Why Does My Dog Lick Me?

Is there anything more pleasant than coming home to a ‘kiss’ from a happy dog? Often, dog owners interpret licks from their dogs as signs of affection. Presumably, it’s the closest a canine companion can come to kissing their owner. Sometimes the wet slobbering can be frustrating. Could your dog be communicating something different? What if the licking is out of control?

In this piece, we discuss in-depth why your dog may be licking you. 

Is Licking a Sign of Affection?

Alexandra Horowitz from the Horowitz Dog Cognition Lab reports that in wild animals, puppies lick their mother’s face and muzzle when she comes from hunting to get her to regurgitate for them. Dogs communicate with us throughout the day, we simply aren’t good at interpreting what they are telling us. Licking is one way through which dogs communicate. 

Here are some reasons why your dog may be licking you:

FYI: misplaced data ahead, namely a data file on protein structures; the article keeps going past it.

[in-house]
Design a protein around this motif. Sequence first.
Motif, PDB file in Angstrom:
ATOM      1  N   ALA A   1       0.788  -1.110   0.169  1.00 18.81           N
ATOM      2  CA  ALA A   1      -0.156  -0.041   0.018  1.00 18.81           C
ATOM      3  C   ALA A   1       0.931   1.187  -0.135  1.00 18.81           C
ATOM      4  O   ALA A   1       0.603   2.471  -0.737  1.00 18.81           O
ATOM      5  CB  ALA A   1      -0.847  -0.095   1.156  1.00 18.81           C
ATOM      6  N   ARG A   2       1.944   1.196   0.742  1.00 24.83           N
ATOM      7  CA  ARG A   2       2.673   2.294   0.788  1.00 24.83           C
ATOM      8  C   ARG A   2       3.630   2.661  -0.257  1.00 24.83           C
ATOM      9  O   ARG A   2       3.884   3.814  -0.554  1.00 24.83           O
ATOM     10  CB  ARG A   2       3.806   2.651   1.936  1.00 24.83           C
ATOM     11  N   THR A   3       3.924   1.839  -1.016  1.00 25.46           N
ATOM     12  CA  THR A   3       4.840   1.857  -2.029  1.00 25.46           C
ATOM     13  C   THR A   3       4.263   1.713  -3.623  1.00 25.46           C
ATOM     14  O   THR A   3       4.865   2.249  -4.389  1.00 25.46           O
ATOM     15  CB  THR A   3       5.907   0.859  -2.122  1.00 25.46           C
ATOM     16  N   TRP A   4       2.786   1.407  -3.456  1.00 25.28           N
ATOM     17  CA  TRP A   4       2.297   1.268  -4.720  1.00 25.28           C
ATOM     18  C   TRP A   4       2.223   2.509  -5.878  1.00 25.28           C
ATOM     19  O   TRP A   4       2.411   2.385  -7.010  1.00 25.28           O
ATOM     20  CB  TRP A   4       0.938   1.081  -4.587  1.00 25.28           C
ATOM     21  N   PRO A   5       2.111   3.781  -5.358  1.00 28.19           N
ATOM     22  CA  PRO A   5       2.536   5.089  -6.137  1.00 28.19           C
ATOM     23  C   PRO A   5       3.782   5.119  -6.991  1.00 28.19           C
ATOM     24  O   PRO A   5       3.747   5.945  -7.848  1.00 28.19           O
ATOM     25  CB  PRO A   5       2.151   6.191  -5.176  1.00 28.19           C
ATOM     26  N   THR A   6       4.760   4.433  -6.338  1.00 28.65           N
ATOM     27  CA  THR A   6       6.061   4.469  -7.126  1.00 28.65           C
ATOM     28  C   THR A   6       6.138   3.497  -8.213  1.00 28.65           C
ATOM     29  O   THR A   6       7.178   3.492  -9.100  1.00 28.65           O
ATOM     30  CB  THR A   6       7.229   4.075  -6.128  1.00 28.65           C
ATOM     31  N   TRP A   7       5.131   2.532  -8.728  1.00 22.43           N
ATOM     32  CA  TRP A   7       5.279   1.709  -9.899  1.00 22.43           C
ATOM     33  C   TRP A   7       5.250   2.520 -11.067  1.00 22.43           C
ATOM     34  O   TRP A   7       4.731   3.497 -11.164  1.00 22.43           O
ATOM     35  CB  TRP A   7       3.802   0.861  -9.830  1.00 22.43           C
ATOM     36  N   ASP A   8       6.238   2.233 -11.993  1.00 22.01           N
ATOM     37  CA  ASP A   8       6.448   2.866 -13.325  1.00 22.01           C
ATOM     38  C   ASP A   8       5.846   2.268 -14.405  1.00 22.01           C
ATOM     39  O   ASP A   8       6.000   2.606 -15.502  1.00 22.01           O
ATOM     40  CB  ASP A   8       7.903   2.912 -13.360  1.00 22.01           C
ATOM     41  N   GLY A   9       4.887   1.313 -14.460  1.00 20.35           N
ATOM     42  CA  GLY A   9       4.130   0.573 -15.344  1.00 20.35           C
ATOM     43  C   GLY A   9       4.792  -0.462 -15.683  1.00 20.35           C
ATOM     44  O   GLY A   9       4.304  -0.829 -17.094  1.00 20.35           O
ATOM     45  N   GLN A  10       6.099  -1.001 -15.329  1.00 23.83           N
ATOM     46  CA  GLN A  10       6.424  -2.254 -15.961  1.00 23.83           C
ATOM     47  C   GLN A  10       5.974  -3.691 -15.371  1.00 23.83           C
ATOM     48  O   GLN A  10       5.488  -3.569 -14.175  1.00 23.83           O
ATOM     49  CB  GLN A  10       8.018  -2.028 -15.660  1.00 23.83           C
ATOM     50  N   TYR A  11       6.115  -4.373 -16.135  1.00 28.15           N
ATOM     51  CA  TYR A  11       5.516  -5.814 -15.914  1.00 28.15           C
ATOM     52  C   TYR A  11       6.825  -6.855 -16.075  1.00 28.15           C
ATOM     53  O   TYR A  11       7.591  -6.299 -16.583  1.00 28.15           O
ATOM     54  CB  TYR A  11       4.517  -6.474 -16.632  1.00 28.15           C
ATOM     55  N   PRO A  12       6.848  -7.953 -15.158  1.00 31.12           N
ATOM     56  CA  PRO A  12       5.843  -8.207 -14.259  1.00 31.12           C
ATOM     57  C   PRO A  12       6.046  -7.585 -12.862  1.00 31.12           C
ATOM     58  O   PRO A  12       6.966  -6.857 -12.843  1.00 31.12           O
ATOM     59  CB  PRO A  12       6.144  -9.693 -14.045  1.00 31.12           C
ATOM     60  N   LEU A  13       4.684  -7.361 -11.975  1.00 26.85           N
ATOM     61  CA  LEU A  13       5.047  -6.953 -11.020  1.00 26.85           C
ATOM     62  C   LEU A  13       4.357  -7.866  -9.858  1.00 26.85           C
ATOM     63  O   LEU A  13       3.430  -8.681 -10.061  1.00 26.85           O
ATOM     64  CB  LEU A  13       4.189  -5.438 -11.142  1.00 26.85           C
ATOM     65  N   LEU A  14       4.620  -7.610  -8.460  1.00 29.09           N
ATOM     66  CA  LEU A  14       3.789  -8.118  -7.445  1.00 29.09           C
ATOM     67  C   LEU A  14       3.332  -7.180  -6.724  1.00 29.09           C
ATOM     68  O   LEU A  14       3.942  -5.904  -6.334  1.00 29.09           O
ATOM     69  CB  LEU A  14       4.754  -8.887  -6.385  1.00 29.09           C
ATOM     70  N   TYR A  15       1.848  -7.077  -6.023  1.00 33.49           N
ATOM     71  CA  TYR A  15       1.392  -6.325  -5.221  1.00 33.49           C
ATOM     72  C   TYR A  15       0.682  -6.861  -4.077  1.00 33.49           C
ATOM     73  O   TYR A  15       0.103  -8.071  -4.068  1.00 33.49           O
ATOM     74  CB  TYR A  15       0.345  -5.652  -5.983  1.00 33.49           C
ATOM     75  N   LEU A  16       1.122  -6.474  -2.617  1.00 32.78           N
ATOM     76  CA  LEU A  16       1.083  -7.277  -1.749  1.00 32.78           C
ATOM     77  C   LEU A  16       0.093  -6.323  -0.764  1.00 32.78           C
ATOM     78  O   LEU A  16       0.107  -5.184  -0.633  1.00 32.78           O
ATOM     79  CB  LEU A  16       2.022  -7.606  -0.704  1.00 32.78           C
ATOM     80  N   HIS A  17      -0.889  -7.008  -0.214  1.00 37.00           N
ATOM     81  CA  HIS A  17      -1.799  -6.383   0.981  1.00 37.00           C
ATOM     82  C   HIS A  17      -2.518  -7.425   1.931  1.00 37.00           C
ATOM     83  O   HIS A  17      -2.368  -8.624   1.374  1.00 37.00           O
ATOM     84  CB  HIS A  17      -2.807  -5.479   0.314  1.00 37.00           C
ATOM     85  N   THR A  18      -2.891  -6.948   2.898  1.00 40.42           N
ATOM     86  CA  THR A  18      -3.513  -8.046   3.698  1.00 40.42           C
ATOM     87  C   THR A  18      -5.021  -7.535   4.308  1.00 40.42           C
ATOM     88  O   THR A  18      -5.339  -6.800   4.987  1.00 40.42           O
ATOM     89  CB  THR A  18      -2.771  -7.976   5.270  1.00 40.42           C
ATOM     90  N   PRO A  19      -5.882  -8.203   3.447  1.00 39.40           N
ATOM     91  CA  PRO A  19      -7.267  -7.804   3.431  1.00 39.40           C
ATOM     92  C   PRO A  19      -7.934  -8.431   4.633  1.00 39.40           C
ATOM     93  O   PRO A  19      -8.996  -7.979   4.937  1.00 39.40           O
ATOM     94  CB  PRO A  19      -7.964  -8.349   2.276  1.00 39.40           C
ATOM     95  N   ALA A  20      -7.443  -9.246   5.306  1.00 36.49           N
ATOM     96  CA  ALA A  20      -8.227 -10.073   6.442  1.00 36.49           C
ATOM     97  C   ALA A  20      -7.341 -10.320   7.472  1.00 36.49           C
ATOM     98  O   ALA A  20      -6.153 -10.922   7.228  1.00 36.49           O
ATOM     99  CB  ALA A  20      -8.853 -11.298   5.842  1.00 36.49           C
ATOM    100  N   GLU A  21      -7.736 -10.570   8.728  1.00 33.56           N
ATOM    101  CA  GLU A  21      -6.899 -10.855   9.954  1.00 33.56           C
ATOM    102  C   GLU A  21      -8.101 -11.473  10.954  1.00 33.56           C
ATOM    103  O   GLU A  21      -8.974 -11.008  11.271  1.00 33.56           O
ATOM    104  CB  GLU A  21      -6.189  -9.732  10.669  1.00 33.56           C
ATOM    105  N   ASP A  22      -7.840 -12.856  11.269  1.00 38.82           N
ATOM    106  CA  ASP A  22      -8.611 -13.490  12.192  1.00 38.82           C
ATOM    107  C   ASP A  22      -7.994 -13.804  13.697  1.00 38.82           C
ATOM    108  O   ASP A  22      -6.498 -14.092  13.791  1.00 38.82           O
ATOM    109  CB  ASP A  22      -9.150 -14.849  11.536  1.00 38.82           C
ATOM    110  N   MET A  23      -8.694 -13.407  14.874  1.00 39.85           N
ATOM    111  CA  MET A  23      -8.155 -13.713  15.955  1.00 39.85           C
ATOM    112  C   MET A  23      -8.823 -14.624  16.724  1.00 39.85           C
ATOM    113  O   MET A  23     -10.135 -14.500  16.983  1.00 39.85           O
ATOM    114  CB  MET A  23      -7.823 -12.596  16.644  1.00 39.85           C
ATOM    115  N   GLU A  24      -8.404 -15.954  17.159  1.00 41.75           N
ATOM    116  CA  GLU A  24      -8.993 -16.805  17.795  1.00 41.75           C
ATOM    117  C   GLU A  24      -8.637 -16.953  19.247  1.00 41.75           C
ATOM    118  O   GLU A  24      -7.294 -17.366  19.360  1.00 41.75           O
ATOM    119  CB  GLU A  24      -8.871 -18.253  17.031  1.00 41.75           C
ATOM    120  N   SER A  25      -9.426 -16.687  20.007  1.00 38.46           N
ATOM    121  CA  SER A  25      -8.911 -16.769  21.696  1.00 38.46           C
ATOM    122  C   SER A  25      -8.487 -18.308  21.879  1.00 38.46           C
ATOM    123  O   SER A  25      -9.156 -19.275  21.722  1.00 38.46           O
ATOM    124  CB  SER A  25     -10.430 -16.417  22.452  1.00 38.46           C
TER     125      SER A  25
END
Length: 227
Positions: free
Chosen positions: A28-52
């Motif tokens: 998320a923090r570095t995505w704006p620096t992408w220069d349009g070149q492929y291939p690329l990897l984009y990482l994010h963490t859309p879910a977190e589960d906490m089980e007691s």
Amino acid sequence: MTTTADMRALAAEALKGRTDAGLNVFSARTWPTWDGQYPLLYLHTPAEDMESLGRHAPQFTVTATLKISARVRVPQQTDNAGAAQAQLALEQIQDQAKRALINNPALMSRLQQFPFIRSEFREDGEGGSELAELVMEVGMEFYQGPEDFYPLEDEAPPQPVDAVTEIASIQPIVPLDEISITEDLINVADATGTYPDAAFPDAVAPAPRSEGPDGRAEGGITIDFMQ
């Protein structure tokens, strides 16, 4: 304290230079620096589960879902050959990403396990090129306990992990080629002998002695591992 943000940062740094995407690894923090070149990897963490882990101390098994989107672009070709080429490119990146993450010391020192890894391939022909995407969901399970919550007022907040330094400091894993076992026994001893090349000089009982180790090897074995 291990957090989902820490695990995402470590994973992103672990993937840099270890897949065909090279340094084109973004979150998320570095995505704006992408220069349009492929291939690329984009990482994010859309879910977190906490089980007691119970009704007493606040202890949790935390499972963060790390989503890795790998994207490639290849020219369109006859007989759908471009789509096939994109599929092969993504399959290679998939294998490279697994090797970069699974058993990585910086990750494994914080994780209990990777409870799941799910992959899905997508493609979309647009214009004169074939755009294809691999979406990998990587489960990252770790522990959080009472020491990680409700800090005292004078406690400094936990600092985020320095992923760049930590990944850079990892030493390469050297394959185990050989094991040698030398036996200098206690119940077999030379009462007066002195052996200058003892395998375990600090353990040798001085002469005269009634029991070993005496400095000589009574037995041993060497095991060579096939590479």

Affection or appeasement

Dogs lick their owners to show affection. When your dog licks you, they release endorphins that help comfort and keep them calm. Just as mothers lick their puppies to show affection, your dog licks you to show you how much they adore you. 

Your dog may lick your face or that of a stranger as a gesture of appeasement. It shows a dog’s social deference.

You taste good

Scented body washes and lotions on your skin may be appealing to your dog. Most dogs enjoy the taste of salt on your skin, especially after a workout. Pay close attention to when your dog licks you. There may be something on you that they are after. 

Show empathy

UK research showed that dogs have an empathetic response to human distress. When people display distress around their dogs when stressed or upset, their dogs respond by sniffing, nuzzling, and licking them. This pattern of response is consistent with offering comfort.

It’s a sign of submission

Your dog licking you, especially the hand and eyes, could be a sign of submission. This is a natural instinct derived from the wild where dogs showed submission by licking the more dominant member of the pack. Canines also licked their pack leader when they reunited with their pack to show they missed them and are their obedient companion. It helps ease the stress induced by separation, known as separation anxiety, especially if you have been absent. 

Exploring and gauging the outside world